“Remember how good that mix sounded in your studio? Why did it completely fall apart in the car?”
“Why are half of the instruments missing when I listen on my laptop? What is the meaning of this madness?!?”
These are the questions that have haunted me in the past – until I figured out how to overcome this challenge in minutes rather than days of agonizing back-and-forth.
The key is using multiple reference points. But that doesn’t mean two sets of studio monitors. Take a look at my monitoring setup and see how this will help your mixing.
The more points of reference you have, the better you’ll be able to make decisions. If you’ve only got one point of reference, good luck. 🙂
If you’ve got two, you’re in better shape, but still not doing too good.
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Seven different points of reference. Here’s my list:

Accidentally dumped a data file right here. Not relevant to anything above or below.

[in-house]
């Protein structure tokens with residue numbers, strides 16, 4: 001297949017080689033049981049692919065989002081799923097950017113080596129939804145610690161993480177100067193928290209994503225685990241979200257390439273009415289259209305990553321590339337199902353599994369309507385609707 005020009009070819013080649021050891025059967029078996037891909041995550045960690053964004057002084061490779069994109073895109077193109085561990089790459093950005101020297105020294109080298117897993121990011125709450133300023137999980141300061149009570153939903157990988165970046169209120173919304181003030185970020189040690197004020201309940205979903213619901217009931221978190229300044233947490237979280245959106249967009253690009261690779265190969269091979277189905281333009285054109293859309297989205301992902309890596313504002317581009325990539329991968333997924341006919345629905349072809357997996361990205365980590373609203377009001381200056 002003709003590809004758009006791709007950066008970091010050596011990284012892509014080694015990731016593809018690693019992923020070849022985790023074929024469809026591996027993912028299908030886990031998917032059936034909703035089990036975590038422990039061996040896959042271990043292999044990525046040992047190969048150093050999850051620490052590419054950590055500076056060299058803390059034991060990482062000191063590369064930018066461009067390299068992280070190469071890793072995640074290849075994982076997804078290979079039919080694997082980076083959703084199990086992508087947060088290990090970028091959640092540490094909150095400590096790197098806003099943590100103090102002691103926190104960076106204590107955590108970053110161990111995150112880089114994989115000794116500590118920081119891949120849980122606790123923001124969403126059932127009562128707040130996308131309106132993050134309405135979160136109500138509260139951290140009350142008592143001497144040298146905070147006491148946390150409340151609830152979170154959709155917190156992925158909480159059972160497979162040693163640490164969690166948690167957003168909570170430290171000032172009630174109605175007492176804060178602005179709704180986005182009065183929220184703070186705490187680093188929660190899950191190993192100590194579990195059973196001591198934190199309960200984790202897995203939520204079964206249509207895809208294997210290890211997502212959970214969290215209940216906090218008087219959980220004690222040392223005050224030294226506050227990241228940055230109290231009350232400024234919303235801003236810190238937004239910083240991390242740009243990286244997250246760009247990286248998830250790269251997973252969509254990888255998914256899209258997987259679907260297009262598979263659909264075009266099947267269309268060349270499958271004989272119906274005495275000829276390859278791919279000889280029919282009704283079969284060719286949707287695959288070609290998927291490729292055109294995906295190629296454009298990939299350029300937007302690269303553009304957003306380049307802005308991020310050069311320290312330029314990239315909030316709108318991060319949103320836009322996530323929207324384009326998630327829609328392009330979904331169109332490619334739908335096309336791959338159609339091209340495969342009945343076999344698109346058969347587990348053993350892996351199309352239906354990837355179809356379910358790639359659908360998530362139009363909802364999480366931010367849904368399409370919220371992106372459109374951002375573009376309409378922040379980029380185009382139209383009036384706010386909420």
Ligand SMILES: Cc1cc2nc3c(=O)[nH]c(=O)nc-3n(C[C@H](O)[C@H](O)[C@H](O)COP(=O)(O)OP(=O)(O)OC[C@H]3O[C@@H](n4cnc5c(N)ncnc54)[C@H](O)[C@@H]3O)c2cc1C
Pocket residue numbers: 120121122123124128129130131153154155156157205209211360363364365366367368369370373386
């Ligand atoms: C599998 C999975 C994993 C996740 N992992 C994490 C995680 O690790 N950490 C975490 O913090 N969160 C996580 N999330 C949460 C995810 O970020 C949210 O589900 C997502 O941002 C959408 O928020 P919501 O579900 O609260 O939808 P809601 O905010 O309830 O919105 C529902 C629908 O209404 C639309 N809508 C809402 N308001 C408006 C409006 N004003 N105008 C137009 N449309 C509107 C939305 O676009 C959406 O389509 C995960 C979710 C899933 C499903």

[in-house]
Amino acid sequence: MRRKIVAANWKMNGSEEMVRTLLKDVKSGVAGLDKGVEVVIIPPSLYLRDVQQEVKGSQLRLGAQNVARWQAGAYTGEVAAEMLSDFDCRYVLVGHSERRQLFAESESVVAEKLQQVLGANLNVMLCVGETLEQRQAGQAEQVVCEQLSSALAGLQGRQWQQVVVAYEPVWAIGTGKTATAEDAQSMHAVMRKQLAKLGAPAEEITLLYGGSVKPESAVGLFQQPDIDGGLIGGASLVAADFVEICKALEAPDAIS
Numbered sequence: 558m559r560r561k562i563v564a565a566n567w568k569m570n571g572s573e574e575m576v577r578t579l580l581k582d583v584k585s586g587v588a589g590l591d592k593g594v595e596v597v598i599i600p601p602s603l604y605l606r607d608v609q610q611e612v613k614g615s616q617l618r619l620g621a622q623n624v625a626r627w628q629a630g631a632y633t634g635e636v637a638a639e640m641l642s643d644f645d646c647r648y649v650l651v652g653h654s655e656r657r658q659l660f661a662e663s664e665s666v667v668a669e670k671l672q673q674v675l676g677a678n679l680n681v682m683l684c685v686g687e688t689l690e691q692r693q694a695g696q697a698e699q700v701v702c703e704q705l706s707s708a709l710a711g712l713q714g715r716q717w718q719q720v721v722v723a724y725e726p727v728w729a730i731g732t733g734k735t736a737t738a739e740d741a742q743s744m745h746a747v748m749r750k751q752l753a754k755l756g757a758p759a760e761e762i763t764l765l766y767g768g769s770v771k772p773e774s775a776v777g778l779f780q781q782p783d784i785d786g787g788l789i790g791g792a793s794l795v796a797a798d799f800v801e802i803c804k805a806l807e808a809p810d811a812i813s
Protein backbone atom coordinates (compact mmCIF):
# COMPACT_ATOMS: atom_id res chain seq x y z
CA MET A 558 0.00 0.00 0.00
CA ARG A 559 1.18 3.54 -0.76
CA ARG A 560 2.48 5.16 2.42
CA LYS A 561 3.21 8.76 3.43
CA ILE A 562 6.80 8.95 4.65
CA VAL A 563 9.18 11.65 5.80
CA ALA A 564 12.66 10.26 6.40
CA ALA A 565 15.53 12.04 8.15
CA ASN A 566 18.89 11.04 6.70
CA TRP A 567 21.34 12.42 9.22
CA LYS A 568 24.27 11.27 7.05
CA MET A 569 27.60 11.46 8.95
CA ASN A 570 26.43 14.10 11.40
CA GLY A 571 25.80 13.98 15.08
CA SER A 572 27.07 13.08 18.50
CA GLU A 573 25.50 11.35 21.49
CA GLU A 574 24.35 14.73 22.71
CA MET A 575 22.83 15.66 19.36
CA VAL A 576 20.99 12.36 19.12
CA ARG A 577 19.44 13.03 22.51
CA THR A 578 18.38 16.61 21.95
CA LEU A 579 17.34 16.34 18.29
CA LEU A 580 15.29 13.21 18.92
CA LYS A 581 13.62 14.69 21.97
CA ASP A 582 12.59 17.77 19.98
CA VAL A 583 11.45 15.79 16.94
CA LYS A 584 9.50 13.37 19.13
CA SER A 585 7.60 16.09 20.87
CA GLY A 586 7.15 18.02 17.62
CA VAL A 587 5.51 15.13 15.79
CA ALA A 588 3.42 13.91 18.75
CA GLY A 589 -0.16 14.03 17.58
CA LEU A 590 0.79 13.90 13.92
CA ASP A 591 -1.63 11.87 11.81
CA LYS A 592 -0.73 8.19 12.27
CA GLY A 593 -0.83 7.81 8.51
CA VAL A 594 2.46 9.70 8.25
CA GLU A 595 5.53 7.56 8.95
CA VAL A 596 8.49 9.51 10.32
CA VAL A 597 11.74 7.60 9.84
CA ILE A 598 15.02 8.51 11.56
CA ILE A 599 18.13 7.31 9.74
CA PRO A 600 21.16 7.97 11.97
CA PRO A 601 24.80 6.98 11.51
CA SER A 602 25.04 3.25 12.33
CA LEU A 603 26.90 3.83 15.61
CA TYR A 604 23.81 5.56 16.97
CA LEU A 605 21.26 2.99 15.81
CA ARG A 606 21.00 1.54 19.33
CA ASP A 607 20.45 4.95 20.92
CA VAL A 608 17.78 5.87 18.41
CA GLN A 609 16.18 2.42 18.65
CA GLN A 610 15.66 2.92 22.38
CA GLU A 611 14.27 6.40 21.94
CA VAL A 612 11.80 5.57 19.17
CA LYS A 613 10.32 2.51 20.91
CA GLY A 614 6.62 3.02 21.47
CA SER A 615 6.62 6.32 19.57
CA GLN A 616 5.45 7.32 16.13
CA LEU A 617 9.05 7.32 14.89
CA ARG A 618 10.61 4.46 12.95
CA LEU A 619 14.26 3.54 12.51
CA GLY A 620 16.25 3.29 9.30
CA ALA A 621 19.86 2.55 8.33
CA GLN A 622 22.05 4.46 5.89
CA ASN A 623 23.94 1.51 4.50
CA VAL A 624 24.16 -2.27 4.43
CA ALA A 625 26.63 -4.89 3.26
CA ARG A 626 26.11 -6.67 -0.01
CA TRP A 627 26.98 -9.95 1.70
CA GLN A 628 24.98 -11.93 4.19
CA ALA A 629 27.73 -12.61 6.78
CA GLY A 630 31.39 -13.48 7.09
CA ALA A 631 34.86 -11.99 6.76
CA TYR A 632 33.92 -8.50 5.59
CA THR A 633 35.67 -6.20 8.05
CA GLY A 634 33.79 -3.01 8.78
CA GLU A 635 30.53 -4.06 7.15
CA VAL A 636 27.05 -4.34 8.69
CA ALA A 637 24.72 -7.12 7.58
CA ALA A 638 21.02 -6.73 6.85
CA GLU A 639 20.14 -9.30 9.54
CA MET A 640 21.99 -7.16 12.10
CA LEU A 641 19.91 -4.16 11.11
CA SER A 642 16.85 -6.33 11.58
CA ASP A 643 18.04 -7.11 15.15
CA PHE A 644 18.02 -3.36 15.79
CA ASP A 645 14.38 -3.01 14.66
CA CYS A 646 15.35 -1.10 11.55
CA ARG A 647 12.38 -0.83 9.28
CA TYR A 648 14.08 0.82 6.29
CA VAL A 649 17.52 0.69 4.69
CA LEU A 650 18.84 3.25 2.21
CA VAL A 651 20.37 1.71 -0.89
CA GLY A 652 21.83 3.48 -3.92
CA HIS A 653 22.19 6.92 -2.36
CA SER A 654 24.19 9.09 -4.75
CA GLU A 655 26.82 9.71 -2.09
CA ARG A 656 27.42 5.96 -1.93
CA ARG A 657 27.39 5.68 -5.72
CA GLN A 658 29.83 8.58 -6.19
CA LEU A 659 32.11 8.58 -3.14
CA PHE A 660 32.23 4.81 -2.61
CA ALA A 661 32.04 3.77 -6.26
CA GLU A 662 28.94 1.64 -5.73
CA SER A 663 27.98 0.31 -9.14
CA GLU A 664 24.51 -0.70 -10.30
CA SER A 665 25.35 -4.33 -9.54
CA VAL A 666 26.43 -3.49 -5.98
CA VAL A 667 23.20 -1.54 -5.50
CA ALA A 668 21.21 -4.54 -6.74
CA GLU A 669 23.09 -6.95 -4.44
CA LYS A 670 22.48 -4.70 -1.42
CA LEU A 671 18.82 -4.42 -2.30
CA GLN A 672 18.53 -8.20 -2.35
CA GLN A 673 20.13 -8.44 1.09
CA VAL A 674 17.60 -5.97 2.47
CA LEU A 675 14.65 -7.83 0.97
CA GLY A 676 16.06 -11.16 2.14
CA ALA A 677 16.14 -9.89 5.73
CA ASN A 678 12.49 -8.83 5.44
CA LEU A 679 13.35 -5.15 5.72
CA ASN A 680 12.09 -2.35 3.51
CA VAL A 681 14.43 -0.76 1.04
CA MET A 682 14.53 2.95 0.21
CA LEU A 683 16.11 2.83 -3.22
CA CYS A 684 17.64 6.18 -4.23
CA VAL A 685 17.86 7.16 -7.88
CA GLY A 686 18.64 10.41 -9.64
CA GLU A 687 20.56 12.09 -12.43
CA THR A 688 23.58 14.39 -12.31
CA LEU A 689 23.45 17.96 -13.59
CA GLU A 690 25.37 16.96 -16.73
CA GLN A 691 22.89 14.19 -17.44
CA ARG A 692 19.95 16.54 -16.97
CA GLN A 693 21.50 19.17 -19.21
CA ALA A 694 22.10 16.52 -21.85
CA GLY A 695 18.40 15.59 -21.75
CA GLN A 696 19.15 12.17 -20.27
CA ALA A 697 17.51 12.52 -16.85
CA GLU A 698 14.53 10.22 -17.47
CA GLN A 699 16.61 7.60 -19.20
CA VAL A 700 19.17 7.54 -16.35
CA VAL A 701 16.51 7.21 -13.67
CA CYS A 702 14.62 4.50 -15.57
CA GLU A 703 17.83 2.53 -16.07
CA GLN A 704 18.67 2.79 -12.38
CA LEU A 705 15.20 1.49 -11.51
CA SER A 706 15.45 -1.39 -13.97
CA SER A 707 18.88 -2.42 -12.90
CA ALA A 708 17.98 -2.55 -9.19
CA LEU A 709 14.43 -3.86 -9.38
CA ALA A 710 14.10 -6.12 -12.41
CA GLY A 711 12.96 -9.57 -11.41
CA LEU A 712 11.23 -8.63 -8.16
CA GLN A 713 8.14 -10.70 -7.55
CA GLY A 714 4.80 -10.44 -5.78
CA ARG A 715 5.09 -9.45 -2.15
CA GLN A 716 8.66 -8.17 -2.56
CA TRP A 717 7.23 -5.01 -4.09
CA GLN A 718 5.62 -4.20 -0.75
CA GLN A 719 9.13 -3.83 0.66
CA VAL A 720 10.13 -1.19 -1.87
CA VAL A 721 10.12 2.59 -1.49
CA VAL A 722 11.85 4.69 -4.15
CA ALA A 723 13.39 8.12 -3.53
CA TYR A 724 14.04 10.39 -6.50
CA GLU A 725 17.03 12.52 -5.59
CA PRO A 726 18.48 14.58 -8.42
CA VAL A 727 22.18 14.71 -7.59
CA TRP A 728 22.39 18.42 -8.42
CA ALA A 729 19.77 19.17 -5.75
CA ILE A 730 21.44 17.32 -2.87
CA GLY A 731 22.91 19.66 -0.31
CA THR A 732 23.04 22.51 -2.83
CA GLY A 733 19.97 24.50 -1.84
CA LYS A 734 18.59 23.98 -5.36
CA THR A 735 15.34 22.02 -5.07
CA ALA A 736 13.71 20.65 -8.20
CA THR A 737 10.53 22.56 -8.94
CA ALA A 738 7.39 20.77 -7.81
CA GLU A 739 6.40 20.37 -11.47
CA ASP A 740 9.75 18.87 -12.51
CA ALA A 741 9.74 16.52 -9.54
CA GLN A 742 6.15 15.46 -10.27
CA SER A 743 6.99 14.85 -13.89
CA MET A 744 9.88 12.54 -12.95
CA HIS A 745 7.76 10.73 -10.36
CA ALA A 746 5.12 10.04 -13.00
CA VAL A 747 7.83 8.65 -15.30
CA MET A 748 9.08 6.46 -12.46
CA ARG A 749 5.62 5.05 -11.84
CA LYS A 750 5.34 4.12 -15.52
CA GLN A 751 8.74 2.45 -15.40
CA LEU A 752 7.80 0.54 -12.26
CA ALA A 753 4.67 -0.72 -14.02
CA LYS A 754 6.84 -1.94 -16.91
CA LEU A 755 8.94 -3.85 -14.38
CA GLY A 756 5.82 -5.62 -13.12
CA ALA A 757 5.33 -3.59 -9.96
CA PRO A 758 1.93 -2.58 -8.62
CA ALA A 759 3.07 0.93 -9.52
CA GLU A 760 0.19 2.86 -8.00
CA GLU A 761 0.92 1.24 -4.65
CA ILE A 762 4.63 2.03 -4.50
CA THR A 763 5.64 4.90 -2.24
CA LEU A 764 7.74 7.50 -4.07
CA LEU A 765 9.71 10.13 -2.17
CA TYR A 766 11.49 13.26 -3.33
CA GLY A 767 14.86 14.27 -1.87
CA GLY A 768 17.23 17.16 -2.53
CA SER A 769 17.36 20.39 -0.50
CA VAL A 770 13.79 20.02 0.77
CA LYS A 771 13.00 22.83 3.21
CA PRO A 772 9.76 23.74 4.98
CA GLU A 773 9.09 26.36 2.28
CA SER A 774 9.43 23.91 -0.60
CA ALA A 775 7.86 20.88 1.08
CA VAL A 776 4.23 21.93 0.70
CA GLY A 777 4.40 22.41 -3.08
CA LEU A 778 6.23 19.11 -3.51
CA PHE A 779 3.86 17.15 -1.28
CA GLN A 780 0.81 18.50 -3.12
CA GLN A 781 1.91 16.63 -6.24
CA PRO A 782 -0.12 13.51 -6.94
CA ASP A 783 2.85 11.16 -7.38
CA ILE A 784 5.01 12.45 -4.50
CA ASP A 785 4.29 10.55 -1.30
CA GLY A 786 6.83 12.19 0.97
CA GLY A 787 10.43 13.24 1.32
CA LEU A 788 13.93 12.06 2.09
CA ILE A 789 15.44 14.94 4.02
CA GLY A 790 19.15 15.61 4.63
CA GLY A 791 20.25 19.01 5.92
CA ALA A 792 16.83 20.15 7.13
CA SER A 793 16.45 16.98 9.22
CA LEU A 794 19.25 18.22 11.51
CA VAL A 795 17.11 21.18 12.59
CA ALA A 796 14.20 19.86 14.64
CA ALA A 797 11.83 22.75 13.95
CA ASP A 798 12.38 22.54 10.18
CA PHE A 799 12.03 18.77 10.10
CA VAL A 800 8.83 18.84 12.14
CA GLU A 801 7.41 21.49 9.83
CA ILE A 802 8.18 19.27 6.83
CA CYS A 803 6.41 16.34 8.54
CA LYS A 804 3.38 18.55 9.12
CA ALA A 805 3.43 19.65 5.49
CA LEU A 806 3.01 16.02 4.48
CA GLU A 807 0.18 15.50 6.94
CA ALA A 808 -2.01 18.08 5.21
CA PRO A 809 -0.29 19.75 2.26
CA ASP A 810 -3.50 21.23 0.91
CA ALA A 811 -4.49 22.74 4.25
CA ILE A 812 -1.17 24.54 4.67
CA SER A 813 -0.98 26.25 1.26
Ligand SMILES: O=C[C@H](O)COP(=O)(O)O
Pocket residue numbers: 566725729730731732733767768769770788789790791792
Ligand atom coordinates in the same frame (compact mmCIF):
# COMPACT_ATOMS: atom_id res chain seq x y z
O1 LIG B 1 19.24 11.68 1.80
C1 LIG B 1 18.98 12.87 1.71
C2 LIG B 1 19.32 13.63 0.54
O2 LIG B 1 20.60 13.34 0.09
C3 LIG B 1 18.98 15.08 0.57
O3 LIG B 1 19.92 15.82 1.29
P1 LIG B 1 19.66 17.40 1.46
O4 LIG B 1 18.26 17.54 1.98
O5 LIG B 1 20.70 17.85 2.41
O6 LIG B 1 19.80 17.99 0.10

1. A pair of KRK Rokit 6
2. A pair of Yamaha HS-50m
3. A cheap set of portable consumer speakers
4. The new Apple earpods
5. The old Apple earbuds
6. AKG K240 MkII Headphones
7. Audio Technica ATH-M20 Headphones
Seem like overkill? Sometimes I wish I even had more.
What’s the point of having all these different references? I like to make sure it sounds good on each system. There is virtually no bass coming from the 1″ cone on the cheap consumer speakers I use. That’s why I like them. I can make sure the kick drum will still cut through. The old Apple earbuds are a good overall look at what most earbuds sound like. If it checks out there, most sets will be good.
Each listening set has its purpose. But the overall goal is to make it sound good on all of them. I keep bouncing back and forth between them, striking the best balance possible.
The result of doing this? You’ll have better mixes in minutes rather than having to print a mix fourteen times before it’s right.
This isn’t to say that you won’t have to reprint some mixes, but it’ll be a much better place to start.